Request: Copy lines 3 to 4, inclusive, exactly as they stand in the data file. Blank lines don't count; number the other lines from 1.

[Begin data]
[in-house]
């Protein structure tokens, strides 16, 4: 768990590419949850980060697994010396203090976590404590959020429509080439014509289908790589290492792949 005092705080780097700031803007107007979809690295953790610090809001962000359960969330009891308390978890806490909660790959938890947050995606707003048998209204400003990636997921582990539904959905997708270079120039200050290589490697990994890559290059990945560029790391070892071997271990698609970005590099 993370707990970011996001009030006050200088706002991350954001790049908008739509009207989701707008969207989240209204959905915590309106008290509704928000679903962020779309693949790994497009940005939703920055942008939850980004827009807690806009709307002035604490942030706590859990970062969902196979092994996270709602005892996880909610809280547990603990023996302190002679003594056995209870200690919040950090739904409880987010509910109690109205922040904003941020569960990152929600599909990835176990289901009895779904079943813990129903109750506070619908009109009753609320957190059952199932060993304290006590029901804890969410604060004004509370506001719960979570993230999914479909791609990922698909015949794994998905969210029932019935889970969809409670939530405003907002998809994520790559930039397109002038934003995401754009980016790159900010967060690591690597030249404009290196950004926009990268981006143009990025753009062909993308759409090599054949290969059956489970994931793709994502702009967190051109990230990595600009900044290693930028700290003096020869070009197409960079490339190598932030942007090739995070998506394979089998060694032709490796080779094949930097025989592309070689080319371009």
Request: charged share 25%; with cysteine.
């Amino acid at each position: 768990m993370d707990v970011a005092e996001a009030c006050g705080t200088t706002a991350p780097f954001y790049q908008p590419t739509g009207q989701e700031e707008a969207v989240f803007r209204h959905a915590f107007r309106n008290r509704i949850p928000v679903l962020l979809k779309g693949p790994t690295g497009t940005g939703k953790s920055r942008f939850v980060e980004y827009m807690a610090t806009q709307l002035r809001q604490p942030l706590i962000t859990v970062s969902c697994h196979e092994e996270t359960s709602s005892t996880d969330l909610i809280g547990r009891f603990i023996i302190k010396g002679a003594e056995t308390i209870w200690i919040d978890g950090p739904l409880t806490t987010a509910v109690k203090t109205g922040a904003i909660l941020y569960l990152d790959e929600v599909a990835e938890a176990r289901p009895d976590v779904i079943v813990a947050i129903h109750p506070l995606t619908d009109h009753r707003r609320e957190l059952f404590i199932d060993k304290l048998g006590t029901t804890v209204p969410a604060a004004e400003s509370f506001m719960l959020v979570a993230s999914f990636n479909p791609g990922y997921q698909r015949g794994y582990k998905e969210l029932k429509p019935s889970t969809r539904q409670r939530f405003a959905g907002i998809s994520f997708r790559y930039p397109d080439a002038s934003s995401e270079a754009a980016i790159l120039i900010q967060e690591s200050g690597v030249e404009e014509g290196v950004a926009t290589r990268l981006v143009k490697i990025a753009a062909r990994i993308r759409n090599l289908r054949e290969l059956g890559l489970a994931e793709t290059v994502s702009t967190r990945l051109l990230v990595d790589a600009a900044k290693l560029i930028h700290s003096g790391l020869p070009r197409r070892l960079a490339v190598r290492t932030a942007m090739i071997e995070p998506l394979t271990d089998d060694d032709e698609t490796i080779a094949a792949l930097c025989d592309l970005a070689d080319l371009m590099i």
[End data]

Request: charged share 25%; with cysteine.
């Amino acid at each position: 768990m993370d707990v970011a005092e996001a009030c006050g705080t200088t706002a991350p780097f954001y790049q908008p590419t739509g009207q989701e700031e707008a969207v989240f803007r209204h959905a915590f107007r309106n008290r509704i949850p928000v679903l962020l979809k779309g693949p790994t690295g497009t940005g939703k953790s920055r942008f939850v980060e980004y827009m807690a610090t806009q709307l002035r809001q604490p942030l706590i962000t859990v970062s969902c697994h196979e092994e996270t359960s709602s005892t996880d969330l909610i809280g547990r009891f603990i023996i302190k010396g002679a003594e056995t308390i209870w200690i919040d978890g950090p739904l409880t806490t987010a509910v109690k203090t109205g922040a904003i909660l941020y569960l990152d790959e929600v599909a990835e938890a176990r289901p009895d976590v779904i079943v813990a947050i129903h109750p506070l995606t619908d009109h009753r707003r609320e957190l059952f404590i199932d060993k304290l048998g006590t029901t804890v209204p969410a604060a004004e400003s509370f506001m719960l959020v979570a993230s999914f990636n479909p791609g990922y997921q698909r015949g794994y582990k998905e969210l029932k429509p019935s889970t969809r539904q409670r939530f405003a959905g907002i998809s994520f997708r790559y930039p397109d080439a002038s934003s995401e270079a754009a980016i790159l120039i900010q967060e690591s200050g690597v030249e404009e014509g290196v950004a926009t290589r990268l981006v143009k490697i990025a753009a062909r990994i993308r759409n090599l289908r054949e290969l059956g890559l489970a994931e793709t290059v994502s702009t967190r990945l051109l990230v990595d790589a600009a900044k290693l560029i930028h700290s003096g790391l020869p070009r197409r070892l960079a490339v190598r290492t932030a942007m090739i071997e995070p998506l394979t271990d089998d060694d032709e698609t490796i080779a094949a792949l930097c025989d592309l970005a070689d080319l371009m590099i």